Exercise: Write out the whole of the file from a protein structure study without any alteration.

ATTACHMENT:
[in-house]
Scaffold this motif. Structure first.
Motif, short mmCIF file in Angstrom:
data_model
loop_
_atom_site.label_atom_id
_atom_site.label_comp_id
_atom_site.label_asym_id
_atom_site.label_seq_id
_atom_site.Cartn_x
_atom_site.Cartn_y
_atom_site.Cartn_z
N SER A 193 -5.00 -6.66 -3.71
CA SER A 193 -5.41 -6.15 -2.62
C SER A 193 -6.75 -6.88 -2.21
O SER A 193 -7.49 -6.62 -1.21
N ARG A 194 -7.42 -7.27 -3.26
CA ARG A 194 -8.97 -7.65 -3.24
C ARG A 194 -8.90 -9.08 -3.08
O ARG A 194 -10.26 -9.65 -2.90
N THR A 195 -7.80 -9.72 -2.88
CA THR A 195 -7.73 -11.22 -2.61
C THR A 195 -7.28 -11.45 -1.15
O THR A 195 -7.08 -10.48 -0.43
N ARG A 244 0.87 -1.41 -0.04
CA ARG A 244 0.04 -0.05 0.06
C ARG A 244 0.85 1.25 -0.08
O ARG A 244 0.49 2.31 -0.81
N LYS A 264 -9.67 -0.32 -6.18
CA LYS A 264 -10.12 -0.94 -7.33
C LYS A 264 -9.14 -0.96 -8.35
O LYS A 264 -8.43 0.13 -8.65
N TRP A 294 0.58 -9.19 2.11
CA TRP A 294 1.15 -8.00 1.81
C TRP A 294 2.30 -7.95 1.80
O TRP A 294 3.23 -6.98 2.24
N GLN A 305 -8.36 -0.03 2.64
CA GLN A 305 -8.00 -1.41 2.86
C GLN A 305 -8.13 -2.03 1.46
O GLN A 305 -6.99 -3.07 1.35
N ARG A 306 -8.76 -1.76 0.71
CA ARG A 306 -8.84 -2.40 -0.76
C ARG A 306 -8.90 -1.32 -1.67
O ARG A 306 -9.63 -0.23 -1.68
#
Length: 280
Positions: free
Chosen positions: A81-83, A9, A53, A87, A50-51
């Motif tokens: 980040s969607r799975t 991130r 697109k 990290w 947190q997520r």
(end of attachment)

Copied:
[in-house]
Scaffold this motif. Structure first.
Motif, short mmCIF file in Angstrom:
data_model
loop_
_atom_site.label_atom_id
_atom_site.label_comp_id
_atom_site.label_asym_id
_atom_site.label_seq_id
_atom_site.Cartn_x
_atom_site.Cartn_y
_atom_site.Cartn_z
N SER A 193 -5.00 -6.66 -3.71
CA SER A 193 -5.41 -6.15 -2.62
C SER A 193 -6.75 -6.88 -2.21
O SER A 193 -7.49 -6.62 -1.21
N ARG A 194 -7.42 -7.27 -3.26
CA ARG A 194 -8.97 -7.65 -3.24
C ARG A 194 -8.90 -9.08 -3.08
O ARG A 194 -10.26 -9.65 -2.90
N THR A 195 -7.80 -9.72 -2.88
CA THR A 195 -7.73 -11.22 -2.61
C THR A 195 -7.28 -11.45 -1.15
O THR A 195 -7.08 -10.48 -0.43
N ARG A 244 0.87 -1.41 -0.04
CA ARG A 244 0.04 -0.05 0.06
C ARG A 244 0.85 1.25 -0.08
O ARG A 244 0.49 2.31 -0.81
N LYS A 264 -9.67 -0.32 -6.18
CA LYS A 264 -10.12 -0.94 -7.33
C LYS A 264 -9.14 -0.96 -8.35
O LYS A 264 -8.43 0.13 -8.65
N TRP A 294 0.58 -9.19 2.11
CA TRP A 294 1.15 -8.00 1.81
C TRP A 294 2.30 -7.95 1.80
O TRP A 294 3.23 -6.98 2.24
N GLN A 305 -8.36 -0.03 2.64
CA GLN A 305 -8.00 -1.41 2.86
C GLN A 305 -8.13 -2.03 1.46
O GLN A 305 -6.99 -3.07 1.35
N ARG A 306 -8.76 -1.76 0.71
CA ARG A 306 -8.84 -2.40 -0.76
C ARG A 306 -8.90 -1.32 -1.67
O ARG A 306 -9.63 -0.23 -1.68
#
Length: 280
Positions: free
Chosen positions: A81-83, A9, A53, A87, A50-51
């Motif tokens: 980040s969607r799975t 991130r 697109k 990290w 947190q997520r």